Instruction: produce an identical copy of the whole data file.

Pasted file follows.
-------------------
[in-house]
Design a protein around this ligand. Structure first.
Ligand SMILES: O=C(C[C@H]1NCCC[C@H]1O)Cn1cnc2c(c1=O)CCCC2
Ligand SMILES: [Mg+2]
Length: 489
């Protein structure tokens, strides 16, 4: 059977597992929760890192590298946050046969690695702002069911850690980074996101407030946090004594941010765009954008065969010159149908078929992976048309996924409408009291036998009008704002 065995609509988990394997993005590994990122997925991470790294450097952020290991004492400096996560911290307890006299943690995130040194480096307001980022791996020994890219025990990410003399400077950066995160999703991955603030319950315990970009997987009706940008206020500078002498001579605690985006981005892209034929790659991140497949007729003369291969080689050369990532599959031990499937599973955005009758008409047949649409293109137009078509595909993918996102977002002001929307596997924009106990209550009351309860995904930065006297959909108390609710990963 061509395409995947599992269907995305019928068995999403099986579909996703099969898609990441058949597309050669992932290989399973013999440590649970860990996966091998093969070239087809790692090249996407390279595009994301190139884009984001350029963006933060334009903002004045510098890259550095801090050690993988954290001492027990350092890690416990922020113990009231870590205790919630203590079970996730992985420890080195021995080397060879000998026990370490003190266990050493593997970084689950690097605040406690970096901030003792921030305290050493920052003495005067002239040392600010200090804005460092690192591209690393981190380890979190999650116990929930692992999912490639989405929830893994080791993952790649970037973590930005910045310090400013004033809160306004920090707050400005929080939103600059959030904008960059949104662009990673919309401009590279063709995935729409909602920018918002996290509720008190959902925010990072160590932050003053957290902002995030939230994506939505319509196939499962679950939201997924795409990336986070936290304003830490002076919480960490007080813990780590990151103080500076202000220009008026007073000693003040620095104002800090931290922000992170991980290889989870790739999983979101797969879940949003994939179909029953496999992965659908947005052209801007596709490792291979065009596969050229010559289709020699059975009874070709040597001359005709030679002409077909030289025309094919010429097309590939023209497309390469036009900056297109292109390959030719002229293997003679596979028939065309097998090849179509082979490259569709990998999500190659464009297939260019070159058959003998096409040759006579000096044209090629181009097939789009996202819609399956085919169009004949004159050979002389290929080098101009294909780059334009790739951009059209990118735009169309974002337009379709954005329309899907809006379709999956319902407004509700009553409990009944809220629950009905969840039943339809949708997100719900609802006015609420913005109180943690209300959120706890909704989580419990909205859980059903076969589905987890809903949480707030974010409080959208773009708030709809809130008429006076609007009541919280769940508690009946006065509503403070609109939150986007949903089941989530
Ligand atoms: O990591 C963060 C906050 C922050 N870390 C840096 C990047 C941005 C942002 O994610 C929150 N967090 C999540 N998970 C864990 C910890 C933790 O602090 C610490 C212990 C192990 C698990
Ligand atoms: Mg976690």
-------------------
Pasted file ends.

[in-house]
Design a protein around this ligand. Structure first.
Ligand SMILES: O=C(C[C@H]1NCCC[C@H]1O)Cn1cnc2c(c1=O)CCCC2
Ligand SMILES: [Mg+2]
Length: 489
């Protein structure tokens, strides 16, 4: 059977597992929760890192590298946050046969690695702002069911850690980074996101407030946090004594941010765009954008065969010159149908078929992976048309996924409408009291036998009008704002 065995609509988990394997993005590994990122997925991470790294450097952020290991004492400096996560911290307890006299943690995130040194480096307001980022791996020994890219025990990410003399400077950066995160999703991955603030319950315990970009997987009706940008206020500078002498001579605690985006981005892209034929790659991140497949007729003369291969080689050369990532599959031990499937599973955005009758008409047949649409293109137009078509595909993918996102977002002001929307596997924009106990209550009351309860995904930065006297959909108390609710990963 061509395409995947599992269907995305019928068995999403099986579909996703099969898609990441058949597309050669992932290989399973013999440590649970860990996966091998093969070239087809790692090249996407390279595009994301190139884009984001350029963006933060334009903002004045510098890259550095801090050690993988954290001492027990350092890690416990922020113990009231870590205790919630203590079970996730992985420890080195021995080397060879000998026990370490003190266990050493593997970084689950690097605040406690970096901030003792921030305290050493920052003495005067002239040392600010200090804005460092690192591209690393981190380890979190999650116990929930692992999912490639989405929830893994080791993952790649970037973590930005910045310090400013004033809160306004920090707050400005929080939103600059959030904008960059949104662009990673919309401009590279063709995935729409909602920018918002996290509720008190959902925010990072160590932050003053957290902002995030939230994506939505319509196939499962679950939201997924795409990336986070936290304003830490002076919480960490007080813990780590990151103080500076202000220009008026007073000693003040620095104002800090931290922000992170991980290889989870790739999983979101797969879940949003994939179909029953496999992965659908947005052209801007596709490792291979065009596969050229010559289709020699059975009874070709040597001359005709030679002409077909030289025309094919010429097309590939023209497309390469036009900056297109292109390959030719002229293997003679596979028939065309097998090849179509082979490259569709990998999500190659464009297939260019070159058959003998096409040759006579000096044209090629181009097939789009996202819609399956085919169009004949004159050979002389290929080098101009294909780059334009790739951009059209990118735009169309974002337009379709954005329309899907809006379709999956319902407004509700009553409990009944809220629950009905969840039943339809949708997100719900609802006015609420913005109180943690209300959120706890909704989580419990909205859980059903076969589905987890809903949480707030974010409080959208773009708030709809809130008429006076609007009541919280769940508690009946006065509503403070609109939150986007949903089941989530
Ligand atoms: O990591 C963060 C906050 C922050 N870390 C840096 C990047 C941005 C942002 O994610 C929150 N967090 C999540 N998970 C864990 C910890 C933790 O602090 C610490 C212990 C192990 C698990
Ligand atoms: Mg976690």